Michelangelo, step aside.
A group of artists organized by Scotts Valley Artisans has plans to paint a 93-by-17-foot mural depicting scenes from the valley’s rich history on a wall in Scotts Valley.
But unlike the Sistine Chapel ceiling, which took Michelangelo more than four years to complete, a team of 50 to 75 Santa Cruz County artists will attempt to paint the mural in one day.
Is one day enough?
Organizer Dawn Teall, who owns the nonprofit Scotts Valley Artisans, hopes so.
“We’re going to find out,” she said “We’re going to find enough artists. We anticipate a good portion of the mural will be up (that day).”
The mural was designed by Ruth Poe of Scotts Valley, one of four artists who responded to a call from Teall asking for mural designs that reflected the theme of the movies in Scotts Valley. The five-panel mural will celebrate the roughly 125 movies filmed in the north end of the county during the first half of the 20th century.
It will cover a blank wall on the side of CineLux Scotts Valley in the Kings Village Shopping Center and face the entrance to Scotts Valley Artisans.
On the day of the event, July 28, there will be music, food and chairs set up in the parking lot near where the artists are working. Spectators are encouraged to watch while the mural goes up.
“We want everybody to feel like it’s their mural,” Teall said.
The massive painting is expected to be the first in an ongoing Scotts Valley Mural-in-a-Day project, Teall said.
The idea of murals in Scotts Valley was hatched by Scotts Valley Arts Commission member Claire Hodgin, who shared it with Teall, the owner of Scotts Valley Artisans, a nonprofit art center in Kings Village.
“We really want to turn Scotts Valley first, then other small towns in Santa Cruz County, into mural towns,” Teall said.
Teall is writing grant applications to pay for the program’s $8,500 budget and plans to make the call for artists to submit mural ideas twice each year for the next decade.
According to Scotts Valley Artisans’ Chief Financial Officer Pam Nielsen, the project’s budget includes the cost of paint, brushes and scaffolding and a $1,200 stipend for Poe.
“We see this as kind of a 10-year project,” Teall said. “That’s about 20 murals or more. With that, public art becomes a real focus at the center of the community.”
The project is patterned after the city of Lompoc’s mural project, which blossomed over the years, Teall said.
Lompoc has 33 murals, with more added to a map kept by the Lompoc Mural Society and sponsored by the local chamber of commerce.
“They are able to really pay decent stipends to muralists,” Teall said.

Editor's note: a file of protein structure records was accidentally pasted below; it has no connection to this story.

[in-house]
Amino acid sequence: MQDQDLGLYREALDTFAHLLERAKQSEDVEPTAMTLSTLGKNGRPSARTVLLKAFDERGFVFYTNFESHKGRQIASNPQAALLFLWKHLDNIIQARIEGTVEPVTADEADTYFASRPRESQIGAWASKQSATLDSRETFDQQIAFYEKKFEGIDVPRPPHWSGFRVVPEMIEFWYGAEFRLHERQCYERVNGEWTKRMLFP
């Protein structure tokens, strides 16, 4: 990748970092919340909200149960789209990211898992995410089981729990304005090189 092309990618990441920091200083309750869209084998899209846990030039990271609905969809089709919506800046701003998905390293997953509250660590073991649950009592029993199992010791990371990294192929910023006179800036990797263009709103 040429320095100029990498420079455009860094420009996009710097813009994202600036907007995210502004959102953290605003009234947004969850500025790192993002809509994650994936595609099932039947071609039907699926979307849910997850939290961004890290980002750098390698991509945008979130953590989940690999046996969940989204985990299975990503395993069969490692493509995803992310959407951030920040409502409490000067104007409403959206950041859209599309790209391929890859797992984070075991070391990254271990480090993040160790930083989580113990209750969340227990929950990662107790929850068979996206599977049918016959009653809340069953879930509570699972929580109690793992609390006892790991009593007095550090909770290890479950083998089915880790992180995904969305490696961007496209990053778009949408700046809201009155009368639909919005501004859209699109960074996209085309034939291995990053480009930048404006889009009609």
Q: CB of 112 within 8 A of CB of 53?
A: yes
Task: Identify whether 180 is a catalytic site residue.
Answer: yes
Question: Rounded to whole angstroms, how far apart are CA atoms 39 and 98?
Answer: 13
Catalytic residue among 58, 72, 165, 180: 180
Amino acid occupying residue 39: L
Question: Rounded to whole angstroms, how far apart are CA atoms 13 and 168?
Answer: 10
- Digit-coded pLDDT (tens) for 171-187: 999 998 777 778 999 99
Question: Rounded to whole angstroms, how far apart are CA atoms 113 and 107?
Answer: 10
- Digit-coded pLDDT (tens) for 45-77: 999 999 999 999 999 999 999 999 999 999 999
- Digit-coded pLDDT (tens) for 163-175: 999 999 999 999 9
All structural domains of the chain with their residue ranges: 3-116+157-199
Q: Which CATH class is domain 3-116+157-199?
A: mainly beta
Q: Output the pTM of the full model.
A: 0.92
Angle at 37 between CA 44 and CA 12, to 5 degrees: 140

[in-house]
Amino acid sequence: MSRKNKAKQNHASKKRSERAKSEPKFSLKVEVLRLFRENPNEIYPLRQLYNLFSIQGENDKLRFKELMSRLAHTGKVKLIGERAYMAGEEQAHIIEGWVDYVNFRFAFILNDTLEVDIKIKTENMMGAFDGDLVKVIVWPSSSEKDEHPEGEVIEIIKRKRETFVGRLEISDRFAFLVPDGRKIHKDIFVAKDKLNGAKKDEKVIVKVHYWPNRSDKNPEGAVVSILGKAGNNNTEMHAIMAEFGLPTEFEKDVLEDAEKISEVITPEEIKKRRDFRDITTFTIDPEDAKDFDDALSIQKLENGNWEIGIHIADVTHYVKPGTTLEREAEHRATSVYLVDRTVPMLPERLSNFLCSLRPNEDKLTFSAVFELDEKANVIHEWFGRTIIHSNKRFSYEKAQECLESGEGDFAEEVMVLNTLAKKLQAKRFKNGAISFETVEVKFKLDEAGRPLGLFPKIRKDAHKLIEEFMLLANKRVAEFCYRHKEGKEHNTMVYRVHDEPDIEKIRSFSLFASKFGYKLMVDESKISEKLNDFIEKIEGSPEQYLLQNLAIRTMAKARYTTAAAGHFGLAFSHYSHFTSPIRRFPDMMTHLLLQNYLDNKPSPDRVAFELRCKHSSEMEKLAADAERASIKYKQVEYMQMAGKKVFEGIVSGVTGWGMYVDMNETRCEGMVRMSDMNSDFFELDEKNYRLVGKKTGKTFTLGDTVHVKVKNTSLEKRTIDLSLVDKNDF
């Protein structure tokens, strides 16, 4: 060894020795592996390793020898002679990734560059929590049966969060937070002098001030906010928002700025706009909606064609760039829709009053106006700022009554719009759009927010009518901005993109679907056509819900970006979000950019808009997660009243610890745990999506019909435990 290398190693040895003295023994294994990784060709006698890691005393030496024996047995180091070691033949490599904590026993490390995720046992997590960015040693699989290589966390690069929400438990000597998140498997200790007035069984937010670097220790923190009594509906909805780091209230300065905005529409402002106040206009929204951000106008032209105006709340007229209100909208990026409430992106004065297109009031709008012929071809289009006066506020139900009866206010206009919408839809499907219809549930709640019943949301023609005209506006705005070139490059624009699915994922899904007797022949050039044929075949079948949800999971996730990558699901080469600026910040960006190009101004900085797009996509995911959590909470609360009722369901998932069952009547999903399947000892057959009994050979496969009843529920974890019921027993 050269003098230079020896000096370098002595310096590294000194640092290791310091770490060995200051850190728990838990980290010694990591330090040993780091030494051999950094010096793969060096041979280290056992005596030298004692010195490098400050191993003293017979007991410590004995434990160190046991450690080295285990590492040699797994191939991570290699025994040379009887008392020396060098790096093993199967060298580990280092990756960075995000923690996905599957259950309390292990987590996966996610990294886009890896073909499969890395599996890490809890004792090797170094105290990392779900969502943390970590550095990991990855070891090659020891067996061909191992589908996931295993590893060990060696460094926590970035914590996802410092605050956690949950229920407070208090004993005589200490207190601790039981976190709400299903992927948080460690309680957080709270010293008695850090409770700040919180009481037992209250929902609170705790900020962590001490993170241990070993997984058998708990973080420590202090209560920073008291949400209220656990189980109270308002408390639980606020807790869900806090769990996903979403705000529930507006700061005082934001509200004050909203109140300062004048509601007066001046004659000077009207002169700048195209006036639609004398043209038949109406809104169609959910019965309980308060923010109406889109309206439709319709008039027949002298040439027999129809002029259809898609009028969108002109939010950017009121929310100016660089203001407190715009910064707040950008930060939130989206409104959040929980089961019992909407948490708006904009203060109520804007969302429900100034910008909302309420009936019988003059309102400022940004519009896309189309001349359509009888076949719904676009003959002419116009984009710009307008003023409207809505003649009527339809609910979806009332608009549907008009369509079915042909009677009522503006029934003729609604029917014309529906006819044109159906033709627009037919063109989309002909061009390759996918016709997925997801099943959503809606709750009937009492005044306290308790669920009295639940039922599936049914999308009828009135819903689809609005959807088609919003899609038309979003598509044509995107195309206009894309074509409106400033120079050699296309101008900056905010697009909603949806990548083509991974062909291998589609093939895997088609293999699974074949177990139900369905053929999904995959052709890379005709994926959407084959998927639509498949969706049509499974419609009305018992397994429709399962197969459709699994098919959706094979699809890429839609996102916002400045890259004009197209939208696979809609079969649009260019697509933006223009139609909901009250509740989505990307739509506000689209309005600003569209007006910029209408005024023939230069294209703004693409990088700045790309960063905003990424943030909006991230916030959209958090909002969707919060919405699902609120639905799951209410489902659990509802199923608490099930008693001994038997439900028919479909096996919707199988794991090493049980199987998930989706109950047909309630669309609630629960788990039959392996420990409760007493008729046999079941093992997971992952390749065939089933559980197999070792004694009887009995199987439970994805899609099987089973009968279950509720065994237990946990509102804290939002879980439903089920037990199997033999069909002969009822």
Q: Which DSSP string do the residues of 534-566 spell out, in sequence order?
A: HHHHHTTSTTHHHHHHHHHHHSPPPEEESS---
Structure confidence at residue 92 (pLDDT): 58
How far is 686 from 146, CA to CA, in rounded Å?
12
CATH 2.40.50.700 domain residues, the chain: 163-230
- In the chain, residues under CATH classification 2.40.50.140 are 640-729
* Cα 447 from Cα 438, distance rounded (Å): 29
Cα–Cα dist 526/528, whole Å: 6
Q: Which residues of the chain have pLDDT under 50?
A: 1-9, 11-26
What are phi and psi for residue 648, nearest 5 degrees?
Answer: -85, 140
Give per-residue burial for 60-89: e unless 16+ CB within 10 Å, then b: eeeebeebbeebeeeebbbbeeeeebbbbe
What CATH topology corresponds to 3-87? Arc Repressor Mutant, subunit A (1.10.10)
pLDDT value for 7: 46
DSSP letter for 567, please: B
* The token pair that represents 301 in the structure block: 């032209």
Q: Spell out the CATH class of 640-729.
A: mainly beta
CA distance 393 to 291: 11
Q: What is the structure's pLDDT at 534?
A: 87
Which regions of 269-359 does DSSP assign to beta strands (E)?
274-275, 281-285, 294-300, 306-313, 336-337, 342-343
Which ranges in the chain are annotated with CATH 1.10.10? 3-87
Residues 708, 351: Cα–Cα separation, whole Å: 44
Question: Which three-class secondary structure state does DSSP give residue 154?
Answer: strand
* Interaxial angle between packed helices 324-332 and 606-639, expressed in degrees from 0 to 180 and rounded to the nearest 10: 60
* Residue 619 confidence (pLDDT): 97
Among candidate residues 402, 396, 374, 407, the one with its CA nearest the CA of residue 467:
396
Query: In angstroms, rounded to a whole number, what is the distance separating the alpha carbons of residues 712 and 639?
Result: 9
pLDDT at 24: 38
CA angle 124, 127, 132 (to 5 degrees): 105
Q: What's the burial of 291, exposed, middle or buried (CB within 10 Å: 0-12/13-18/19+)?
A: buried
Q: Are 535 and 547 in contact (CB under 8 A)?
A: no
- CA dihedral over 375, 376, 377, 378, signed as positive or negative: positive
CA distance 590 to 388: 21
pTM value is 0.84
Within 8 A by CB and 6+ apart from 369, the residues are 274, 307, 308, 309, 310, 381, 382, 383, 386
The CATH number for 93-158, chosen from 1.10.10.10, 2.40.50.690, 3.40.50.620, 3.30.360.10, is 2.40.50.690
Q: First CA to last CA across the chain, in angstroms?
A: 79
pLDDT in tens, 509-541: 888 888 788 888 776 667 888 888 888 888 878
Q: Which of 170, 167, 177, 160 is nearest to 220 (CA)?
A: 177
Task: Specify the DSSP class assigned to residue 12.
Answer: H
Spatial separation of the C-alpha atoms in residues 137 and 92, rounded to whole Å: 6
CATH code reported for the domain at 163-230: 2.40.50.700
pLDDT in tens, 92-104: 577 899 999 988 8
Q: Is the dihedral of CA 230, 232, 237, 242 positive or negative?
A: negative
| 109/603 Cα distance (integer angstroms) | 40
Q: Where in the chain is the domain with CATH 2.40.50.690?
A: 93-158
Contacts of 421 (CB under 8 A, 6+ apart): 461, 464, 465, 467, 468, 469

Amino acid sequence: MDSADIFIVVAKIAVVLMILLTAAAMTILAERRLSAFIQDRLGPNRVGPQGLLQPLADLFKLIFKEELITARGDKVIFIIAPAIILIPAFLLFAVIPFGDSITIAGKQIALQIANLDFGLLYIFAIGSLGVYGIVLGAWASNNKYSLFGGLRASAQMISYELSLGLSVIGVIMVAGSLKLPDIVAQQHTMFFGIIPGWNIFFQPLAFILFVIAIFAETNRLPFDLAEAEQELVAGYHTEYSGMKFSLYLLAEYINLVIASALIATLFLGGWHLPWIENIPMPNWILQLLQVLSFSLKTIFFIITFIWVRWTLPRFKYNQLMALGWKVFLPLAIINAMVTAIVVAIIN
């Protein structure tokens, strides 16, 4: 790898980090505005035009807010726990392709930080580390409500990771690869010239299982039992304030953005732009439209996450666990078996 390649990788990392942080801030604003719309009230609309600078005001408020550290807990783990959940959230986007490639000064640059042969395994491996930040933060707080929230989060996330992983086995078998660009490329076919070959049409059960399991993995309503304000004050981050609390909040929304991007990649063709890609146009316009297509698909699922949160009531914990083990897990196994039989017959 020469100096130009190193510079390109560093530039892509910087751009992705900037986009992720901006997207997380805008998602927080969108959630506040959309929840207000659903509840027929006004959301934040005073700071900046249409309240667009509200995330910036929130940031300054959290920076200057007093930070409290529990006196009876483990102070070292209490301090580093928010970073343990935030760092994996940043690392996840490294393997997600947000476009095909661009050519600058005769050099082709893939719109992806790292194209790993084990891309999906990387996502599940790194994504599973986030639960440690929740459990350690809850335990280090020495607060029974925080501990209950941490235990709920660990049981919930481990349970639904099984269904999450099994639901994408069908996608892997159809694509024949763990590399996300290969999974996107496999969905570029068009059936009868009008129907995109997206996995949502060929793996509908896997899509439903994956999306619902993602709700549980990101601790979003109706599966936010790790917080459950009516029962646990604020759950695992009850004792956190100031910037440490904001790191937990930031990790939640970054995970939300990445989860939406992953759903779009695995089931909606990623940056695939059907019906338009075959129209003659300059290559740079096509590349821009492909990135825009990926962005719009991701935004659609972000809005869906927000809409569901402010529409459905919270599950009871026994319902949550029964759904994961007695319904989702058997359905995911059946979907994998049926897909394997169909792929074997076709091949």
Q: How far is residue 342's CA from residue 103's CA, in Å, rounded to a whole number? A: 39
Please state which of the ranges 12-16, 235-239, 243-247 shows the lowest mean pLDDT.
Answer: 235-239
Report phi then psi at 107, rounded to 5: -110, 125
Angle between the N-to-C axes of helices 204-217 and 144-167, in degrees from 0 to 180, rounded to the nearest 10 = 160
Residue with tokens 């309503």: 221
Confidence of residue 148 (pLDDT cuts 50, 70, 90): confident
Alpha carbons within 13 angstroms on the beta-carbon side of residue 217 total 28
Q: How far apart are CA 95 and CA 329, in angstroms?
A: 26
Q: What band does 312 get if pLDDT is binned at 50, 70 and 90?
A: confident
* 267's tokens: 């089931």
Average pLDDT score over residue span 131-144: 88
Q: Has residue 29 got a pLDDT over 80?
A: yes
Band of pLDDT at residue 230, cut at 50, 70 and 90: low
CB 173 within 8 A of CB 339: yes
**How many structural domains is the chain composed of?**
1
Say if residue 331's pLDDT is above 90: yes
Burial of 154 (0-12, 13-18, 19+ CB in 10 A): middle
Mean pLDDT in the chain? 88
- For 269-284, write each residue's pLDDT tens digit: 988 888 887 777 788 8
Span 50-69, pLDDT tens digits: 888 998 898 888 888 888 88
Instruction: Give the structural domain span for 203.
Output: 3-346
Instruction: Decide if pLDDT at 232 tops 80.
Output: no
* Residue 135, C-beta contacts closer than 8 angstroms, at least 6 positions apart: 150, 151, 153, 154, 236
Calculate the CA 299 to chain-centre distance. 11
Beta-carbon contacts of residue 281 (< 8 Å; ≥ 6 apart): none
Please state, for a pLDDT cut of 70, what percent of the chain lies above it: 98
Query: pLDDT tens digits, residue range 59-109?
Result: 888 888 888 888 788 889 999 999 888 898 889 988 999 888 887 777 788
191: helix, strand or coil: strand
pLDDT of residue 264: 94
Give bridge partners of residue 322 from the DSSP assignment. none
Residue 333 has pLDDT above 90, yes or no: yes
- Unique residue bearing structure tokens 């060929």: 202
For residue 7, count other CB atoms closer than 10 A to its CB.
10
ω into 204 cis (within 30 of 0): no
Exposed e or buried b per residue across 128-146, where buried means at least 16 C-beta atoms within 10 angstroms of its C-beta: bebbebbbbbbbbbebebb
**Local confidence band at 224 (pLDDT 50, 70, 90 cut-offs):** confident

Nielsen said the $1,200 stipend offered to Poe was “on the extreme low end” of those typically given to muralists, noting that the Lompoc murals often carried a stipend of $15,000 or more. The organization hopes to be able to match that as the Scotts Valley project grows in popularity.
An art destination
Teall’s vision extends beyond covering the city’s blank walls with artwork.
“(Mural-in-a-day) is really part of a multipronged effort,” Teall said. “We are trying to bring public art into Santa Cruz County, starting with Scotts Valley, so we are recognized for the huge amount of talent in Santa Cruz County.”
She sees Santa Cruz County as a haven for artists even as the county’s art goes unnoticed by visitors. She often quotes a November survey by Atlantic magazine that found that Santa Cruz has the fifth most artists per capita among U.S. cities, after Santa Fe, N.M., San Francisco, New York and Los Angeles.
“The resources are here,” Teall said. “We just need to start having everybody recognize that we are an art center here. Most artists can’t be sustained by our local population. The art destination model really needs to grow.”
The community is starting to get behind her vision. For the Mural-in-a-Day, donations have come in from all sides. Paul Gunsky, the owner of CineLux, made a donation for Poe’s stipend. The Ow family, which owns Kings Village, is preparing the wall to be painted, and McCown Painting will prime it. Damon Mercer will set up scaffolding for the artists. ACE-Scarborough will donate supplies, and Lenz Arts is working with a paint supplier to supply paint. Scotts Valley Arts Commission also donated to the project.
Volunteers and donations are still being accepted, Nielsen said.
For information: www.scottsvalleyartisans.com